Common foot injuries.

Specialized training lets us provide personalized care.

Our singular focus is on the foot—its structure, function, and intricacies. That means your foot injury
will be treated with the very latest technology and techniques by some of the most competent, caring,
and compassionate doctors you’ll ever encounter. We treat you like family. Because to us, you are.

Below are some of the injuries we treat on a regular basis.

ACHILLES RUPTURE


Description

A partial or total rupture typically occurs 30-40 minutes into an activity and nearly always happen from a sudden explosive movement or bending the foot upwards (dorsiflexion). It causes pain, swelling, and can greatly impair function.

Treatment

Surgery is almost always required—and the sooner, the better. Chances of a successful outcome decrease in ruptures untreated for longer than two days. In rare cases, the leg may be put in a cast and allowed to heal without surgery.

Recovery

Six to 12 months. A full rehabilitation program is necessary following surgery to restore the strength and flexibility of the tendon and surrounding muscles. The goal is to gradually return you to your normal activity and level of participation.

FRACTURE/BREAK


Description

Fracture and break refer to the same condition. Fractures occur most commonly as the result of an accident, sports injury, or trauma. They can range from minor (stress fractures in a runner’s foot) to severe (a compound fracture that breaks through the skin).

Treatment

Some fractures only require a cast or splint to keep the bone properly aligned as it heals. Surgery may be required to restore normal bone alignment and function. Pins, screws, plates, or wires may be used to maintain the corrected position.

Recovery

Usually, six to eight weeks. Pain normally stops before the fracture has fully healed. You may have a physical therapy program and exercises designed to build up your muscle strength and flexibility in the injured area.

SPRAINS/STRAINS


Description

The stretching or tearing of the ligaments that connect bones. Sprains can be mild, moderate, or severe. If you have diabetes or impaired circulation or feeling in your feet, any level of sprain needs prompt medical attention.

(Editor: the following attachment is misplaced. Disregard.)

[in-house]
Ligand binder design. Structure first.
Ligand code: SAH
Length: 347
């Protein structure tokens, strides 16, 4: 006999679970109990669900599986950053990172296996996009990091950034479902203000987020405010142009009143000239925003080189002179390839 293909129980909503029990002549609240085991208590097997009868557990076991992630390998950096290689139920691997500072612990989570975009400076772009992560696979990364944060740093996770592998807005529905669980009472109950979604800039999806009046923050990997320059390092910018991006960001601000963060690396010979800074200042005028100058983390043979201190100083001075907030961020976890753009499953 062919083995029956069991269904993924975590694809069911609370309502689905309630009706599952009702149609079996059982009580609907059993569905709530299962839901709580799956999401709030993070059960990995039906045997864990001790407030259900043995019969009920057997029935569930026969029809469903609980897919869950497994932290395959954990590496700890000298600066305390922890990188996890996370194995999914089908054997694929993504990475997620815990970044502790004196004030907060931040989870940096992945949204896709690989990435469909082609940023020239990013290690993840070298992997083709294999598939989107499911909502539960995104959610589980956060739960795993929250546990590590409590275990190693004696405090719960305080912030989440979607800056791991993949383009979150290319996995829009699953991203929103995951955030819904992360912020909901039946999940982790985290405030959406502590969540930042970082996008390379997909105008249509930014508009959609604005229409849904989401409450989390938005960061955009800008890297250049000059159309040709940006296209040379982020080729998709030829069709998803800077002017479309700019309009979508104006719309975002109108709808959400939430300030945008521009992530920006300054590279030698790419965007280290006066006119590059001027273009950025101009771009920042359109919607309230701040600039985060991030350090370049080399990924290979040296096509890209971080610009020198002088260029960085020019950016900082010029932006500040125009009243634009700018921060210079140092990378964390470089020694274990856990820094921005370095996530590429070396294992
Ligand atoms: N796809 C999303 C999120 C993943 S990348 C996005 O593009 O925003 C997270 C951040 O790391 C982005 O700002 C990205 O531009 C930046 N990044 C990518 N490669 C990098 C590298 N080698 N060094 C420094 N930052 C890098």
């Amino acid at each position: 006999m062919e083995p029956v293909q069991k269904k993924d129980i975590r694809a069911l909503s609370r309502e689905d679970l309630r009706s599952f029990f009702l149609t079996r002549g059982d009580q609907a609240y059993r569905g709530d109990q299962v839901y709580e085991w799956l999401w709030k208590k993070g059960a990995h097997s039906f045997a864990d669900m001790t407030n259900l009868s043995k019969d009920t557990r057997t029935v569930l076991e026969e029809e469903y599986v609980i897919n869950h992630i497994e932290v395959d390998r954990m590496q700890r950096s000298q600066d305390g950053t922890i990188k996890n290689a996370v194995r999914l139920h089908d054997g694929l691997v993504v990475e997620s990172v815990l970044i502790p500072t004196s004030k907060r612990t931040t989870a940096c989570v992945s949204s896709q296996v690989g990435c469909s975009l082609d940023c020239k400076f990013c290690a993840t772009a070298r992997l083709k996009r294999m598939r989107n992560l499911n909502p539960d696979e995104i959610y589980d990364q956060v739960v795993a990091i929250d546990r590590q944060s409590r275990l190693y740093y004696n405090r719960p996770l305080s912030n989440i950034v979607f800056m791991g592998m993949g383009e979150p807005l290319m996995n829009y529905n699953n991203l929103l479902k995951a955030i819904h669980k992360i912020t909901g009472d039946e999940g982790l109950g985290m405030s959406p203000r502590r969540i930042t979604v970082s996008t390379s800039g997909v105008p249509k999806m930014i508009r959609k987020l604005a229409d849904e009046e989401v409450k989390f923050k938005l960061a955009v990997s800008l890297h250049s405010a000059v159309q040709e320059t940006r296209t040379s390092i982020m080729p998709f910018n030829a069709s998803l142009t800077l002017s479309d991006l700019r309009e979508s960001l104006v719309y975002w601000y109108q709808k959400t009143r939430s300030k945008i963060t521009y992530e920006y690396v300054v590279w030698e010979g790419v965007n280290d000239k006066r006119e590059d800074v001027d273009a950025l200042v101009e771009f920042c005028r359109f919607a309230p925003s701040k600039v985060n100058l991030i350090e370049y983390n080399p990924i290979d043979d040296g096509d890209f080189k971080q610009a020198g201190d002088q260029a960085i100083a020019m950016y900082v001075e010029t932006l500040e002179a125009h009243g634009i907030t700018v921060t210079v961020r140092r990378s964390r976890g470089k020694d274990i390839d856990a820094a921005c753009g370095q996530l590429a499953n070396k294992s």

Treatment

Mild sprains usually only require RICE: Rest, Ice, Compression, Elevation. A splint or boot is a common treatment for moderate and severe sprains as is medication to control pain and swelling. A cane or crutches may also be used.

Recovery

Mild strains heal in a few weeks. Severe sprains can take two months to heal and may require physical therapy. It’s important to protect your injured foot while it heals and continue to wear any support device your doctor applies.

TORN TENDON


Description

Tendon injuries can occur suddenly or develop over time. They are common in people who participate in sports that involve repetitive ankle motion. People with higher arches are also at risk for developing tendon tears.

Treatment

Repair involves an operation to knit a tear or reconnect the ends of a torn tendon. If the injury is severe, a tendon graft may be required. The area is also thoroughly checked for injuries to nerves and blood vessels.

Recovery

Six to eight weeks. The repaired tendon is immobilized with a splint or cast and no weight bearing is allowed for several weeks after surgery. Physical therapy helps reduce scar tissue formation and improve strength and range of motion.

TURF TOE


Description

A sprain of the main (MTP) joint of the big toe. It happens when the toe is forcibly bent upward—such as when pushing off into a sprint—and the toe gets stuck flat on the ground. Often associated with football, turf toe occurs in a wide range of sports and activities.

Treatment

Grade 1 (mild) sprains are commonly treated with tape or orthotics. With Grade 2 (moderate) sprains, a walking boot may be prescribed. Grade 3 (severe) sprains call for immobilization in a boot or cast. Surgery may be required in some severe cases.

Recovery

From one to several weeks depending on severity. Physical therapy should start as soon as symptoms allow. Early joint movement, with exercises to stretch and strengthen the big toe, is essential to reduce or prevent chronic stiffness.

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